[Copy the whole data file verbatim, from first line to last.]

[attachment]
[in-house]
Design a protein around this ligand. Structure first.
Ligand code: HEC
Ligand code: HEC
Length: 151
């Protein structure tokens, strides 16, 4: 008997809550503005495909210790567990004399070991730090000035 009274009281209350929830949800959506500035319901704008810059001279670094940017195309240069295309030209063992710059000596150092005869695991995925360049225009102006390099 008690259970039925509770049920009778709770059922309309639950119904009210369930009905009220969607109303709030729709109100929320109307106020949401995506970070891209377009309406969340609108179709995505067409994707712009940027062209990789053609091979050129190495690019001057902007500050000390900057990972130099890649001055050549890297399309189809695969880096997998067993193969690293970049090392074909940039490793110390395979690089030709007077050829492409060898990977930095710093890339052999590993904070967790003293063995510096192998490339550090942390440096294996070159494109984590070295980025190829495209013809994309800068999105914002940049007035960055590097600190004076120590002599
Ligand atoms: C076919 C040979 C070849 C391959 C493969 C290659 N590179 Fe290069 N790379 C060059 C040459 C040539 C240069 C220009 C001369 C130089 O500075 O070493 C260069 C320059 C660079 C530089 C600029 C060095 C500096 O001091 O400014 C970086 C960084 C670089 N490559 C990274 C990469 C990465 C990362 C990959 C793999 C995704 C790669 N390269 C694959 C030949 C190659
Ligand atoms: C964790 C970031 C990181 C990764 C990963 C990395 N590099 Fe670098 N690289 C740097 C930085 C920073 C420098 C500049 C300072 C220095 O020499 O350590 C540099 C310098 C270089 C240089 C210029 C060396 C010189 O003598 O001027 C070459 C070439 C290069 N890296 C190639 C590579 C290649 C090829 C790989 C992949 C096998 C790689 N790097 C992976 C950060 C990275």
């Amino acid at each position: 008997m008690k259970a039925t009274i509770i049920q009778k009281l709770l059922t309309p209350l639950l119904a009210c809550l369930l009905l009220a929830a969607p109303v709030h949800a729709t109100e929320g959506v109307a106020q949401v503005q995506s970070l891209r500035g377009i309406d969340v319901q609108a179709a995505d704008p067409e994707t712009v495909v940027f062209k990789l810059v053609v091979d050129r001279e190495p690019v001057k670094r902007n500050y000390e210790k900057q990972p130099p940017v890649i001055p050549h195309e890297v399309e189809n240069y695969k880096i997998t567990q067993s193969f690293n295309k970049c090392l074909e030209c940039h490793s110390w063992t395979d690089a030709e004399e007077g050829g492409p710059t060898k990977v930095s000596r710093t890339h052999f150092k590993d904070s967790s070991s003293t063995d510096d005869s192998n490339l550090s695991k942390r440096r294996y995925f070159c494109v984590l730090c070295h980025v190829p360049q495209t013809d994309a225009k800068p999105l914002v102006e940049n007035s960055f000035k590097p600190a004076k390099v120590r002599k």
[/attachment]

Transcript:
[in-house]
Design a protein around this ligand. Structure first.
Ligand code: HEC
Ligand code: HEC
Length: 151
């Protein structure tokens, strides 16, 4: 008997809550503005495909210790567990004399070991730090000035 009274009281209350929830949800959506500035319901704008810059001279670094940017195309240069295309030209063992710059000596150092005869695991995925360049225009102006390099 008690259970039925509770049920009778709770059922309309639950119904009210369930009905009220969607109303709030729709109100929320109307106020949401995506970070891209377009309406969340609108179709995505067409994707712009940027062209990789053609091979050129190495690019001057902007500050000390900057990972130099890649001055050549890297399309189809695969880096997998067993193969690293970049090392074909940039490793110390395979690089030709007077050829492409060898990977930095710093890339052999590993904070967790003293063995510096192998490339550090942390440096294996070159494109984590070295980025190829495209013809994309800068999105914002940049007035960055590097600190004076120590002599
Ligand atoms: C076919 C040979 C070849 C391959 C493969 C290659 N590179 Fe290069 N790379 C060059 C040459 C040539 C240069 C220009 C001369 C130089 O500075 O070493 C260069 C320059 C660079 C530089 C600029 C060095 C500096 O001091 O400014 C970086 C960084 C670089 N490559 C990274 C990469 C990465 C990362 C990959 C793999 C995704 C790669 N390269 C694959 C030949 C190659
Ligand atoms: C964790 C970031 C990181 C990764 C990963 C990395 N590099 Fe670098 N690289 C740097 C930085 C920073 C420098 C500049 C300072 C220095 O020499 O350590 C540099 C310098 C270089 C240089 C210029 C060396 C010189 O003598 O001027 C070459 C070439 C290069 N890296 C190639 C590579 C290649 C090829 C790989 C992949 C096998 C790689 N790097 C992976 C950060 C990275």
């Amino acid at each position: 008997m008690k259970a039925t009274i509770i049920q009778k009281l709770l059922t309309p209350l639950l119904a009210c809550l369930l009905l009220a929830a969607p109303v709030h949800a729709t109100e929320g959506v109307a106020q949401v503005q995506s970070l891209r500035g377009i309406d969340v319901q609108a179709a995505d704008p067409e994707t712009v495909v940027f062209k990789l810059v053609v091979d050129r001279e190495p690019v001057k670094r902007n500050y000390e210790k900057q990972p130099p940017v890649i001055p050549h195309e890297v399309e189809n240069y695969k880096i997998t567990q067993s193969f690293n295309k970049c090392l074909e030209c940039h490793s110390w063992t395979d690089a030709e004399e007077g050829g492409p710059t060898k990977v930095s000596r710093t890339h052999f150092k590993d904070s967790s070991s003293t063995d510096d005869s192998n490339l550090s695991k942390r440096r294996y995925f070159c494109v984590l730090c070295h980025v190829p360049q495209t013809d994309a225009k800068p999105l914002v102006e940049n007035s960055f000035k590097p600190a004076k390099v120590r002599k």